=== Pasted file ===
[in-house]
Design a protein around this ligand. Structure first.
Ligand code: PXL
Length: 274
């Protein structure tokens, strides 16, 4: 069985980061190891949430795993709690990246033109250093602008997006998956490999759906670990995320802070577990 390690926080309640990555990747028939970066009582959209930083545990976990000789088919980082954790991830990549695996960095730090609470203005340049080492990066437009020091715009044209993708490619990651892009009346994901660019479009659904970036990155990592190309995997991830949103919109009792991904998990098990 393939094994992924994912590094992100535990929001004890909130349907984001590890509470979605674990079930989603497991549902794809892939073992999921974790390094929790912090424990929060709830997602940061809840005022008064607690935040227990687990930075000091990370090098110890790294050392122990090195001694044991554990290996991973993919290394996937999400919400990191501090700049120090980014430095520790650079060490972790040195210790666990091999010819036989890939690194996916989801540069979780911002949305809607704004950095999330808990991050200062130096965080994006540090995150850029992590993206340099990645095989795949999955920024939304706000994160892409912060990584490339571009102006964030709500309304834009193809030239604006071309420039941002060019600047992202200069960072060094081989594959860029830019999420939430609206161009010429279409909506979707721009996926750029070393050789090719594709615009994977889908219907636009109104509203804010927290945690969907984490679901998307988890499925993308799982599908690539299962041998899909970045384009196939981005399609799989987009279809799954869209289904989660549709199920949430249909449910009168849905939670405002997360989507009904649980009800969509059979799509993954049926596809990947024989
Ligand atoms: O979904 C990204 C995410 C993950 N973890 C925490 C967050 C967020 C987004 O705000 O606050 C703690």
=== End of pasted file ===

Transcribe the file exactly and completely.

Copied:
[in-house]
Design a protein around this ligand. Structure first.
Ligand code: PXL
Length: 274
């Protein structure tokens, strides 16, 4: 069985980061190891949430795993709690990246033109250093602008997006998956490999759906670990995320802070577990 390690926080309640990555990747028939970066009582959209930083545990976990000789088919980082954790991830990549695996960095730090609470203005340049080492990066437009020091715009044209993708490619990651892009009346994901660019479009659904970036990155990592190309995997991830949103919109009792991904998990098990 393939094994992924994912590094992100535990929001004890909130349907984001590890509470979605674990079930989603497991549902794809892939073992999921974790390094929790912090424990929060709830997602940061809840005022008064607690935040227990687990930075000091990370090098110890790294050392122990090195001694044991554990290996991973993919290394996937999400919400990191501090700049120090980014430095520790650079060490972790040195210790666990091999010819036989890939690194996916989801540069979780911002949305809607704004950095999330808990991050200062130096965080994006540090995150850029992590993206340099990645095989795949999955920024939304706000994160892409912060990584490339571009102006964030709500309304834009193809030239604006071309420039941002060019600047992202200069960072060094081989594959860029830019999420939430609206161009010429279409909506979707721009996926750029070393050789090719594709615009994977889908219907636009109104509203804010927290945690969907984490679901998307988890499925993308799982599908690539299962041998899909970045384009196939981005399609799989987009279809799954869209289904989660549709199920949430249909449910009168849905939670405002997360989507009904649980009800969509059979799509993954049926596809990947024989
Ligand atoms: O979904 C990204 C995410 C993950 N973890 C925490 C967050 C967020 C987004 O705000 O606050 C703690």